It’s been a killer year for an endangered orca pod off British Columbia’s coast.
Another whale was born to the southern resident population, bringing the annual birth rate up to eight—a number that hasn’t been seen in nearly four decades. The Centre for Whale Research says they haven’t seen a baby boom like this since 1977, when nine calves were born. In more recent years, the birth rate has averaged at around three calves per year.
The newborn whale was first spotted on December 1 near the San Juan Islands and Vancouver Island. Last week, the researchers managed to snap a photo to confirm it wasn’t another one of the calves born this year.
And while it’s being referred to as a “boom,” Michael Harris, the director of the Pacific Whale Watch Association, told CBC News that the latest calf actually just puts the birth rate back on track.
Based on calculations that take all female orcas of reproductive age into account, researchers estimate that if conditions are optimal, up to nine babies could be produced each year.
But not only is this isolated population of whales genetically and culturally distinct, they also have a very distinct diet, made up of almost entirely chinook salmon.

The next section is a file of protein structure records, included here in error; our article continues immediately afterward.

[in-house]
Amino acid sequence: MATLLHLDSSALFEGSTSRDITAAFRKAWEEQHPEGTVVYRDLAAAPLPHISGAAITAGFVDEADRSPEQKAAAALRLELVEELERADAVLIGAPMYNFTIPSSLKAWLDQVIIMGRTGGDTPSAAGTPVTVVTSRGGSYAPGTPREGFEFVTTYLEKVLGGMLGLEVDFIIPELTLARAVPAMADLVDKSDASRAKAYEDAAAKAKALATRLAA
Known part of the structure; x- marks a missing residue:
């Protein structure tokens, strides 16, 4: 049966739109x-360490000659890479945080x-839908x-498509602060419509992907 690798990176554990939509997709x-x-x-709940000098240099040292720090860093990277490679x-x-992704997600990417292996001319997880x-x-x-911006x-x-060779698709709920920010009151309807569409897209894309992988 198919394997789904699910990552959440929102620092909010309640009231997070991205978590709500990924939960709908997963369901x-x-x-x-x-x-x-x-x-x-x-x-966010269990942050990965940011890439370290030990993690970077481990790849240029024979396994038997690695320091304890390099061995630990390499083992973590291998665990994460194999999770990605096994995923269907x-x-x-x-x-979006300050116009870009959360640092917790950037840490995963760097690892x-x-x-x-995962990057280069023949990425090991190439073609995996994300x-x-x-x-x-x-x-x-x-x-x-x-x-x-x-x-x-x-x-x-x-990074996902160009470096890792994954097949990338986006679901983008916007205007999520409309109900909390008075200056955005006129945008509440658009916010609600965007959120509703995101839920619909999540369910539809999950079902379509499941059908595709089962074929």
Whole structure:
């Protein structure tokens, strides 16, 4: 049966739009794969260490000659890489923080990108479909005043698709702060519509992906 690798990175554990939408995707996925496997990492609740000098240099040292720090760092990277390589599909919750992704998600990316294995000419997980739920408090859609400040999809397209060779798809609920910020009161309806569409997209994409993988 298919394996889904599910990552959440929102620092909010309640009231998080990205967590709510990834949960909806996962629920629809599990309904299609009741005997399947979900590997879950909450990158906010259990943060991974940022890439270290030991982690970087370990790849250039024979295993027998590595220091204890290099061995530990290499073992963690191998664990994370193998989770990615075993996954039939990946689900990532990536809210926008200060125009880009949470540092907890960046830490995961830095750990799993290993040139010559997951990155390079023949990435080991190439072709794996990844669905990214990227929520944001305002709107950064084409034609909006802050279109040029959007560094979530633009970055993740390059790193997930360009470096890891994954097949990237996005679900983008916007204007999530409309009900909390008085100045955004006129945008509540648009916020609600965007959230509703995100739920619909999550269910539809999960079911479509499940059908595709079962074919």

Dwindling salmon stocks and global warming are said to be major contributors to the previously low birth rates, and researchers warn that these factors could affect the whales’ long-term survival as well.
An adult whale can eat up to eight large chinook salmon every day, and they often have to travel multiple kilometres for each fish.
“Warmer ocean waters are less productive, and rivers without continual water from snow melt (rains run off too quickly) and with warmer water are lethal to salmon,” Harris told CBC News. “In the years immediately following poor salmon years, we see fewer babies and higher mortality of all age cohorts.”
That means, despite the good news, the survival of these whales, both young and old, depends on a plentiful stock of Chinook salmon in the northeastern Pacific Ocean ecosystem.